With a major part of MMI on its way to adopting more fluid touch-enabled technology, it’s easy to see why Microsoft chose to deliver a Windows 8 OS which is optimized for touch-centric hardware, at the Computex 2011. There’s also the tablet angle that the company is obviously looking at with the forthcoming release.
“Our aim with ‘Windows 8’ is to make the user experience a natural extension of the device, from the time you turn on your PC through how you interact with the applications you know and love. This represents a fundamental shift in Windows design that we haven’t attempted since the days of Windows 95, presenting huge opportunities for our hardware partners to innovate with new PC designs,” remarked Mike Angiulo, corporate vice president of Windows Planning, Hardware and PC Ecosystem.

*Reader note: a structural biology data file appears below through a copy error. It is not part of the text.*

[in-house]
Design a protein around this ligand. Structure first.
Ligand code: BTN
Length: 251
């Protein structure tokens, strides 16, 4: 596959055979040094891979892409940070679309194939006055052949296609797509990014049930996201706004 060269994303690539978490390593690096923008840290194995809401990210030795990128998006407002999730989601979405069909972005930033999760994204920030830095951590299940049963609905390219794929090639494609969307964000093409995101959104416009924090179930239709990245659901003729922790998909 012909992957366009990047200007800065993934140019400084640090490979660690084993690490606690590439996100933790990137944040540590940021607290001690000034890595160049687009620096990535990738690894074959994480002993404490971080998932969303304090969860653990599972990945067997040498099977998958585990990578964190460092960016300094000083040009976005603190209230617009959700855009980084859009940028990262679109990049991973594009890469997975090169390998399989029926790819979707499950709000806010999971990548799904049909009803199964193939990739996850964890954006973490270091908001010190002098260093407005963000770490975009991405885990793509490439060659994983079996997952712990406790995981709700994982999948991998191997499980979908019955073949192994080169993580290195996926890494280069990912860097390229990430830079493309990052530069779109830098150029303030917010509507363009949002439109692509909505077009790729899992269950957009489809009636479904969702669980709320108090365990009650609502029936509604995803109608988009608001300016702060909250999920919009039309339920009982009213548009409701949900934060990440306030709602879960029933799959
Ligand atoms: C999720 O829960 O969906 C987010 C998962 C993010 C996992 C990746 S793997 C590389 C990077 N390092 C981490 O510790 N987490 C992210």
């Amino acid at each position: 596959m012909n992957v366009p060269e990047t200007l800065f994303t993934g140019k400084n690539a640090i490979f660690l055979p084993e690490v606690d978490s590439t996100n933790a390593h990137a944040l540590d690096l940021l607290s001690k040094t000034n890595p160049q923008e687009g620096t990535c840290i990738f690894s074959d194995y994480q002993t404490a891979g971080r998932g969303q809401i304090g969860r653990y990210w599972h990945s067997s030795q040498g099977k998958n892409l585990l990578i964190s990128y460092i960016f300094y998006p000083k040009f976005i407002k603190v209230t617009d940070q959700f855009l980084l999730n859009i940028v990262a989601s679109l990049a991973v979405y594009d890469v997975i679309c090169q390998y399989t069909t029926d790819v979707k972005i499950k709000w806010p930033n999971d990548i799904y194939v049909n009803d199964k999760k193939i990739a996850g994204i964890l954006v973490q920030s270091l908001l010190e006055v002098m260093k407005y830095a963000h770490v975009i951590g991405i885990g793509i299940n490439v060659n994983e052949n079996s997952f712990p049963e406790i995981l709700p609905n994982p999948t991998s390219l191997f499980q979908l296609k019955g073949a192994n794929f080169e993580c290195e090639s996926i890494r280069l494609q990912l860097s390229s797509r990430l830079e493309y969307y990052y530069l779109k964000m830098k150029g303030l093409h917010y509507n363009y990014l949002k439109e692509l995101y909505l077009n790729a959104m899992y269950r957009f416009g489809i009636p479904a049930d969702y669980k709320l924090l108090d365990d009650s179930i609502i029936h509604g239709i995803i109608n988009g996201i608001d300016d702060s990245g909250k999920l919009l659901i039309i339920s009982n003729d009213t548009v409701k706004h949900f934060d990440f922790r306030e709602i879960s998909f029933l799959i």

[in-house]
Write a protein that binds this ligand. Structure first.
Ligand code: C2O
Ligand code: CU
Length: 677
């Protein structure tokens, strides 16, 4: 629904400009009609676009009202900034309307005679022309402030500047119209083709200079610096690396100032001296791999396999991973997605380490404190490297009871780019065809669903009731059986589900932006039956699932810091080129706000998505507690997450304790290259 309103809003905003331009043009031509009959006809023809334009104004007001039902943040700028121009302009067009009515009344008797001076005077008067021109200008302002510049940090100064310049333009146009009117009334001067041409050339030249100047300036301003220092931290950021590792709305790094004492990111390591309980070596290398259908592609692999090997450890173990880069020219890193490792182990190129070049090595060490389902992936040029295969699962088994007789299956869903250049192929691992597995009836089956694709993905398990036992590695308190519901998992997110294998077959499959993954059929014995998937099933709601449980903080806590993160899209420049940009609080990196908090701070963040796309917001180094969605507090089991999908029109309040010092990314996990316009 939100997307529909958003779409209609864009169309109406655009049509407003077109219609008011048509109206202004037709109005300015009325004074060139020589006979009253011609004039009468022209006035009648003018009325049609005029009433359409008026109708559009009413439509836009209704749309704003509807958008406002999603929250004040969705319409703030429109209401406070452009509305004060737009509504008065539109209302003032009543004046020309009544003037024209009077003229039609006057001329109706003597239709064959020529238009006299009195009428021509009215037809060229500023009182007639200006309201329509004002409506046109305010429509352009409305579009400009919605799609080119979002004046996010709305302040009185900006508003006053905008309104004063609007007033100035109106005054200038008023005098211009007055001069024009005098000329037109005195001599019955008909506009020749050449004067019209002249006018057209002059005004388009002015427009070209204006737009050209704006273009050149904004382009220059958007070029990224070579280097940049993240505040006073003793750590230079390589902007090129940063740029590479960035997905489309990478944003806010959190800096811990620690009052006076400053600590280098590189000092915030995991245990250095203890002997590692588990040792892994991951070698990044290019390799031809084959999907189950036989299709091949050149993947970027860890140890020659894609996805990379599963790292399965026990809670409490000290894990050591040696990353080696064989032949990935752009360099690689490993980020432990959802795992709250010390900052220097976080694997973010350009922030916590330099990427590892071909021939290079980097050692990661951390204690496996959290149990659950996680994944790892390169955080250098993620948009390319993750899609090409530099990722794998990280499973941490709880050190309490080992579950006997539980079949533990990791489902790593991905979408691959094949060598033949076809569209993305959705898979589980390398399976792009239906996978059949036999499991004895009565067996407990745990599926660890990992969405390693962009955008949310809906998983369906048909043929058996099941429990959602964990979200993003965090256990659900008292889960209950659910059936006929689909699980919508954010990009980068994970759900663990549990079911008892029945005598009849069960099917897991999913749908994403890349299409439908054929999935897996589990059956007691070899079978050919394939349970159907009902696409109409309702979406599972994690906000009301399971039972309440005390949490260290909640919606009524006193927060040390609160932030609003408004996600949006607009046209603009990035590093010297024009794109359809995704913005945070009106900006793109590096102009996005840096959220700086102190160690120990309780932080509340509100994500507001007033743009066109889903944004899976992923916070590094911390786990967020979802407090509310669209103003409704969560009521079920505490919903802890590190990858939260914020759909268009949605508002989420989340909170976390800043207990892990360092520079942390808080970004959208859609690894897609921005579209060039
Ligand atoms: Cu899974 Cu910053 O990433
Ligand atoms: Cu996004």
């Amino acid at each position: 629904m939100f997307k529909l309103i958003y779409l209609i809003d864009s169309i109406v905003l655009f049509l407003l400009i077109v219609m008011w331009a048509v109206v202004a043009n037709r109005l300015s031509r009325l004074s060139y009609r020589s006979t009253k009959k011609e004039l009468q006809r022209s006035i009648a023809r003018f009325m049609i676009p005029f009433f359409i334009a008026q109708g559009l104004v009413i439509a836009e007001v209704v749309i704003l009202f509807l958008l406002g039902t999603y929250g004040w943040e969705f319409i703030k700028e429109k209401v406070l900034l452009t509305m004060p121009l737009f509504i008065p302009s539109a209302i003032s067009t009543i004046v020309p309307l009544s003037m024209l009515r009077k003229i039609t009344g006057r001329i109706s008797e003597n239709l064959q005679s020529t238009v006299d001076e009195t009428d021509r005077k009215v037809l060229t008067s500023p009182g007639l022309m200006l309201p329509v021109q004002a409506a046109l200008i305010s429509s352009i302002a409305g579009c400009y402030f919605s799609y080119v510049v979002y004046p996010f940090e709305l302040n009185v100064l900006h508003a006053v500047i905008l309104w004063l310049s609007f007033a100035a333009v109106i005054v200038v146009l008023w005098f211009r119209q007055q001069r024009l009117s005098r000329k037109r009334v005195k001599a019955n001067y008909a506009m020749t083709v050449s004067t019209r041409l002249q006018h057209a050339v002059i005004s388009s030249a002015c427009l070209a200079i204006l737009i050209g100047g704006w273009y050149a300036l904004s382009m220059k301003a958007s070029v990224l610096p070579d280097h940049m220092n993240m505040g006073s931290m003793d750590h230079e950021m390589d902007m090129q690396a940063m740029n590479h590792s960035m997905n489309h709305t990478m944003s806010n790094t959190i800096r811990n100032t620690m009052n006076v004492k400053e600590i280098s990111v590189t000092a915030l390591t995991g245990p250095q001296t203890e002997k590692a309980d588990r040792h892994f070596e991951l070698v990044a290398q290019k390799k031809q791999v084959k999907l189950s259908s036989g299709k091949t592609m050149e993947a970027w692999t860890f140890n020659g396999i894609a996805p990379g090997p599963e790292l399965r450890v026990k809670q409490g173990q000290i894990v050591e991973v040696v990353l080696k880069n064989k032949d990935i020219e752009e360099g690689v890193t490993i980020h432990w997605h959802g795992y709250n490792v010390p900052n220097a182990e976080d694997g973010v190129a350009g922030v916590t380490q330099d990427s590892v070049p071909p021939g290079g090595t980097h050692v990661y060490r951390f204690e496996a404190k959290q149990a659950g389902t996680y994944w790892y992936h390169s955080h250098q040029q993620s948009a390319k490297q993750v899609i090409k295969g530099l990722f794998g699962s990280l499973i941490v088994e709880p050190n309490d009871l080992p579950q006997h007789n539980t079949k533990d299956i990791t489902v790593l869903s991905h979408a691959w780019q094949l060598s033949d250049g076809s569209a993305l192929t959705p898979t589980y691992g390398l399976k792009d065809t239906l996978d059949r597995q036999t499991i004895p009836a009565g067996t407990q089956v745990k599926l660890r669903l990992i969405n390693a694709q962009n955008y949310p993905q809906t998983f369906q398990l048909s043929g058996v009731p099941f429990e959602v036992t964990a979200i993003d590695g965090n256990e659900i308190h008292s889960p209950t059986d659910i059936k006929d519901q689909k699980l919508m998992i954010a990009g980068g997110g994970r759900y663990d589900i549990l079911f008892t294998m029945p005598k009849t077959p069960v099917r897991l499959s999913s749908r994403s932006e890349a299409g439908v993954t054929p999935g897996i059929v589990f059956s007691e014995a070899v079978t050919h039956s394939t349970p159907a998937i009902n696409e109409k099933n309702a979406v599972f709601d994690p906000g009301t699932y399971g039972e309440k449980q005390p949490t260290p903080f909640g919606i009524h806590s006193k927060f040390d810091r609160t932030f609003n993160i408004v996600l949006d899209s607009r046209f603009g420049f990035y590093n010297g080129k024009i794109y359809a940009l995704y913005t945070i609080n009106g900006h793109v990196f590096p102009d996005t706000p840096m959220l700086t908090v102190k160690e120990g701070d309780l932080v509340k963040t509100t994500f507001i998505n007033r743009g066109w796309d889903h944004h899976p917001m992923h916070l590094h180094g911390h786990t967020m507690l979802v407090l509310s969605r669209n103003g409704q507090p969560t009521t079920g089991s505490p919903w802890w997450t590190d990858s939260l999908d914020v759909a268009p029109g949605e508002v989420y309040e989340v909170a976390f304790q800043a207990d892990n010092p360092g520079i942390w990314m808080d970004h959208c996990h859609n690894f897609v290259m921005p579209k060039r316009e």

The recent demo which included several prototypes running the OS was also aimed at marking out its ability to rub along with not just x86, but also ARM-based architecture. It was back in January when Microsoft, Intel, AMD, Nvidia, Qualcomm and Texas Instruments declared that they were going to start chipping away at the next version of the OS.
As for now, developers are being encouraged to create apps for Microsoft Windows 8 with registrations for the BUILD developer conference already open. Pricing and availability details of the OS will have to wait.